Did NASA Just Find Alien Life? Kepler Discovery Changes Everything

Monday, 11 December 2017 - 10:58AM
Space
Alien Life
Monday, 11 December 2017 - 10:58AM
Did NASA Just Find Alien Life? Kepler Discovery Changes Everything
Image credit: Pixabay
NASA is preparing to announce the latest discovery made by its planet-hunting Kepler telescope—and the findings could change the course of human history.  
 
At 1 p.m. EST on Thursday, Dec. 14, NASA will host a teleconference to explain what the Kepler space telescope has recently discovered about the exoplanets that exist far from here and hold potential to reveal more about the growth of our world, and possibly if life has taken hold somewhere far from us.
 
Researchers made the discovery using a Google AI learning machine, "an approach to artificial intelligence, and demonstrates new ways of analyzing Kepler data."
 
Kepler kicked off its mission in 2012, and ran that original game plan until 2014, when it began the K2 mission, searching for planets beyond the solar system, as well as looking at cosmic objects like supernovae and stars.

 

If the news alone that Kepler has made a discovery doesn't get you excited, remember that during its first mission, the spacecraft turned up 4,496 possible exoplanets—2,337 of which have been confirmed and 30 are Earth-sized worlds that exist in what science calls "habitable zones," an orbit around a star that could allow for liquid water and livable atmospheric conditions.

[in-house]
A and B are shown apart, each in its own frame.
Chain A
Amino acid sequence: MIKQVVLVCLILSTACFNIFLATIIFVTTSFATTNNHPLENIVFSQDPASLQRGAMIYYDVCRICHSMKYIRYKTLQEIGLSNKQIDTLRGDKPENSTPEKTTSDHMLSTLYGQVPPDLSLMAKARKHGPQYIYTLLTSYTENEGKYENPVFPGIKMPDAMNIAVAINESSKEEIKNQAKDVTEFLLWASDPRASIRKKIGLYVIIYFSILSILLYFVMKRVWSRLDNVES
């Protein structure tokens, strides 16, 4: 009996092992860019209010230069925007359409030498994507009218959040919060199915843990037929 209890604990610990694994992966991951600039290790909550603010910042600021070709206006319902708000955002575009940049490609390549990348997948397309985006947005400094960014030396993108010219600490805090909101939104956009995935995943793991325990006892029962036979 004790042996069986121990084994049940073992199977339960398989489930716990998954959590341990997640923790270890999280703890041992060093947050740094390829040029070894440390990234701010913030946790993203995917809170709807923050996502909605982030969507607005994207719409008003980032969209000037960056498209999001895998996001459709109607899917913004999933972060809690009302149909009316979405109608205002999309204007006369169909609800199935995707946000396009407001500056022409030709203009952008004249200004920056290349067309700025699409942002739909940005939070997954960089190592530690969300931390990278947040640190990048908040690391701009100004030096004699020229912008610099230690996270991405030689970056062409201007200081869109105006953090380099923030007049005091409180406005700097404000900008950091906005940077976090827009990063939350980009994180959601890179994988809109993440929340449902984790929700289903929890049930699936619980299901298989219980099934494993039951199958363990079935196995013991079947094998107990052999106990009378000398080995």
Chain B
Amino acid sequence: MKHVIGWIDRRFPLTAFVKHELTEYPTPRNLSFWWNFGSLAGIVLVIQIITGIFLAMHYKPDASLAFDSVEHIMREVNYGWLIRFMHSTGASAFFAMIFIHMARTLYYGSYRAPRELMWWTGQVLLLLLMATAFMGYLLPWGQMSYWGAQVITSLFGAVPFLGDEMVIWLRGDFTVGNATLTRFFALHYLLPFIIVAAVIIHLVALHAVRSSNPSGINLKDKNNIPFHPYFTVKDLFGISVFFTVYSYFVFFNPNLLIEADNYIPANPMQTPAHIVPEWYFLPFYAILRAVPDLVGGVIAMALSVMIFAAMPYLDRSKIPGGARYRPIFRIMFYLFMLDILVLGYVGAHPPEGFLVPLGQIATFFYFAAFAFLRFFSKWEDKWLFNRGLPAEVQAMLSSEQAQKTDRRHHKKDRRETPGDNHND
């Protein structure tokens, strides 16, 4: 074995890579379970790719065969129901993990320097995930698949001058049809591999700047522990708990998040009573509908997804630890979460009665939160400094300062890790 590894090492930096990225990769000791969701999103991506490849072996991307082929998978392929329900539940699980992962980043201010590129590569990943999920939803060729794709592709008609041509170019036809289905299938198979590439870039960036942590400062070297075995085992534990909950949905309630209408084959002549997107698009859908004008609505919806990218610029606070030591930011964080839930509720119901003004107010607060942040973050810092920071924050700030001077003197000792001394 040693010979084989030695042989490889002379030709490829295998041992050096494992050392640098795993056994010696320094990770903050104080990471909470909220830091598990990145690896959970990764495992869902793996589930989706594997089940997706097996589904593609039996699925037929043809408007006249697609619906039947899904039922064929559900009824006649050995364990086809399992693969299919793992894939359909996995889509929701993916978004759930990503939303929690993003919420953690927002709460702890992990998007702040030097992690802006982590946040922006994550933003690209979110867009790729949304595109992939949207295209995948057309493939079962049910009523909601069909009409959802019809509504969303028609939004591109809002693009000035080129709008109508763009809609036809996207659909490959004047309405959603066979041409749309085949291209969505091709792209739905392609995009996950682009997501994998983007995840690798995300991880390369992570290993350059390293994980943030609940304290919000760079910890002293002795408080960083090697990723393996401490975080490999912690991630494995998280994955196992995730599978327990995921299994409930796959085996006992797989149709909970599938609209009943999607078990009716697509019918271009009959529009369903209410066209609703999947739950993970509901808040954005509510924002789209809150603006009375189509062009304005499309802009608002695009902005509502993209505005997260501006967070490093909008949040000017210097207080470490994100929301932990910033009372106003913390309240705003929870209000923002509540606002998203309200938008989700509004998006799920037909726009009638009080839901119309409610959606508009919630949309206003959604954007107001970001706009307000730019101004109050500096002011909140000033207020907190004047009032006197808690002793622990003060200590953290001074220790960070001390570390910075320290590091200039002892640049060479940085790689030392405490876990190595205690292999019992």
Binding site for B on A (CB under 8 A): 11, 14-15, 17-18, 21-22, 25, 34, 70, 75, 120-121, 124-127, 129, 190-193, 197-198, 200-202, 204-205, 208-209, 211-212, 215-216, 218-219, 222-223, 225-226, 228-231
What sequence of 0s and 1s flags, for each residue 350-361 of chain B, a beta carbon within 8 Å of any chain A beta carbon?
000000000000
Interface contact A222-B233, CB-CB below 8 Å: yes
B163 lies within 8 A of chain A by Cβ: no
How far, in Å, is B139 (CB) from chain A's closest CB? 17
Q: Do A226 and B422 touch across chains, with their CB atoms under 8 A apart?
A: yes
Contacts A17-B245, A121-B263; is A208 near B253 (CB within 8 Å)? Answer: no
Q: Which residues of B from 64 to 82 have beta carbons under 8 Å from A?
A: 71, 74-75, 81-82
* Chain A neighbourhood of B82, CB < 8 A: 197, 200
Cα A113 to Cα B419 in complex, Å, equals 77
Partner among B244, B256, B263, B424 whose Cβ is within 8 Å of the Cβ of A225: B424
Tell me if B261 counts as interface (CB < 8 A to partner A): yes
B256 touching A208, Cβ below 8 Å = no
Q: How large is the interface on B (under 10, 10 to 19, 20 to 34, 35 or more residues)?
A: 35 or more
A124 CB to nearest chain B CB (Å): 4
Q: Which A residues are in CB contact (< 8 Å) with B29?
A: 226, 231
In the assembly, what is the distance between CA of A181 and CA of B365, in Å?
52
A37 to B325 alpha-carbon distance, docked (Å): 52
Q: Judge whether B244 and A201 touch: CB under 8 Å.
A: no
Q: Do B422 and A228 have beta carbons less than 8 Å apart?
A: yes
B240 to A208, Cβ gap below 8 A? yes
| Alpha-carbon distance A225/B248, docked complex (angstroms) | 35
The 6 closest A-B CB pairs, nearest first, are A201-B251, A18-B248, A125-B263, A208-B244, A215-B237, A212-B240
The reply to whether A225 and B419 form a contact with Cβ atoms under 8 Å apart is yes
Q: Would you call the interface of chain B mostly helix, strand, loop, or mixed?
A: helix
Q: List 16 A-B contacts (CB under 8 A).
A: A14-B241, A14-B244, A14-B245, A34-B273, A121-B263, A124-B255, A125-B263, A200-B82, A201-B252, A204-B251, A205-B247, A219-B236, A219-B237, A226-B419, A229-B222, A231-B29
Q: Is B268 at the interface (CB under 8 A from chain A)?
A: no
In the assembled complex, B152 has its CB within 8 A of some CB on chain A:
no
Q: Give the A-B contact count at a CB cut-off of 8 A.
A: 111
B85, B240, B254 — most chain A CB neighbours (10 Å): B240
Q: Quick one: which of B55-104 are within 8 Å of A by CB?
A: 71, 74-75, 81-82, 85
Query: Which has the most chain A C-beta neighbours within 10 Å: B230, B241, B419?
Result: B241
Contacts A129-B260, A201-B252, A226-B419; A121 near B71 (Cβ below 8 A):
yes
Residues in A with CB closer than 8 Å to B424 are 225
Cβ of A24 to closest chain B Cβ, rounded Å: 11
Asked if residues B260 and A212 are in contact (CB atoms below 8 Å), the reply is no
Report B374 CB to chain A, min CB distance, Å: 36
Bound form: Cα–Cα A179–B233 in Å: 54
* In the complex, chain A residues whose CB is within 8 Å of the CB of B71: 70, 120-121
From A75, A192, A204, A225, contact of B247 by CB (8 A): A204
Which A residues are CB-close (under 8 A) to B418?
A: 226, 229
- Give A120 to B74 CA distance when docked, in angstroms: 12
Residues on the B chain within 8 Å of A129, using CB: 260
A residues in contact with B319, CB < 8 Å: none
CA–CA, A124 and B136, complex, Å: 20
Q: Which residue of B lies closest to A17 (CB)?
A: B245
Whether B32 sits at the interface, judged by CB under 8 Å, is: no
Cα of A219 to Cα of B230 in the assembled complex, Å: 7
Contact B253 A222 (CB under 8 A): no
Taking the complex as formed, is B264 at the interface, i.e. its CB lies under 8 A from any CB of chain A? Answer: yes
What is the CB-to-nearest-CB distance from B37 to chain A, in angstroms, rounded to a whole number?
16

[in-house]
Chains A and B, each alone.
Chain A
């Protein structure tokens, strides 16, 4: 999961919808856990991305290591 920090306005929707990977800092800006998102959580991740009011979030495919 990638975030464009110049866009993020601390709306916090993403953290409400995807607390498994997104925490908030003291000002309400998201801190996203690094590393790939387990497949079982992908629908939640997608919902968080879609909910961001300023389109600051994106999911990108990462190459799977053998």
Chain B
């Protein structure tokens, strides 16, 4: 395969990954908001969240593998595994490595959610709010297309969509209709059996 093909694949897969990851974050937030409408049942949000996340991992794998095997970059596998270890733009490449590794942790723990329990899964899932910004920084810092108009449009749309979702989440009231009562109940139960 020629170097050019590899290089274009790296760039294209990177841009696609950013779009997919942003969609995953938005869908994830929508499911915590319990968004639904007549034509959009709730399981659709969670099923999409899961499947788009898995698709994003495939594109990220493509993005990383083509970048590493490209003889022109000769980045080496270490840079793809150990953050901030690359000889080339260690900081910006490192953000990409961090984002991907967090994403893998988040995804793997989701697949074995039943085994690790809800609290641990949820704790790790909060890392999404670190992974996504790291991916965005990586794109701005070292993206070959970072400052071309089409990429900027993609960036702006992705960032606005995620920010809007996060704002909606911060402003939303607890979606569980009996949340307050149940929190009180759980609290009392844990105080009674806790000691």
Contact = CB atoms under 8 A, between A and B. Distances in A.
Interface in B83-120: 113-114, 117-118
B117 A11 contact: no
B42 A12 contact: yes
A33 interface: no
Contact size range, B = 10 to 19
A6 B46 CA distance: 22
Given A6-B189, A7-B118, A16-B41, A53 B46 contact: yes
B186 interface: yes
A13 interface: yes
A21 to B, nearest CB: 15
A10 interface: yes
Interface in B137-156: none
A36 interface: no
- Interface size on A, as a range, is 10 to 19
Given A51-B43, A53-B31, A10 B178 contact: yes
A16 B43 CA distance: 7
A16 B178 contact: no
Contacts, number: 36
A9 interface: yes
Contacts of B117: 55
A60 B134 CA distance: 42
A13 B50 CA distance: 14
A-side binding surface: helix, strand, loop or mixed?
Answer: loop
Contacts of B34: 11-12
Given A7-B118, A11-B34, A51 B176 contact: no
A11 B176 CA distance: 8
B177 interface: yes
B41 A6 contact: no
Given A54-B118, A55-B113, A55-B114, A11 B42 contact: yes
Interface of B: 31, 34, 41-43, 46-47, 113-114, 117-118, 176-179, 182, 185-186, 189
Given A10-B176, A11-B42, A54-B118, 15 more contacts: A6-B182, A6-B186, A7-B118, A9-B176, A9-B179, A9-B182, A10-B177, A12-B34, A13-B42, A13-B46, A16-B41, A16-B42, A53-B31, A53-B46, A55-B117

But that's not all: the K2 trip has already turned up 515 candidate exoplanets, confirming 178 of those.

 

The last Kepler announcement expressed the study of the Praesepe star cluster, or "Beehive Cluster," a group of youthful stars that have been a good source for exoplanet discoveries.

The M67 star cluster is also under watch, as its makeup and age are similar to our Sun and could serve as a helpful parallel to the evolution of our solar system.    
 
Kepler will also be taking a look at a planet where life is quite confirmed: Earth, spending a half-hour taking pics of home and the Moon which, at the current Kepler distance, will be more of a blurry blob on its cameras than the usual cloudy blue marble we know it to be.
 
Teleconference audio and visual will stream live at nasa.gov/live.
 
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Did NASA Just Find Alien Life? Kepler Discovery Changes Everything
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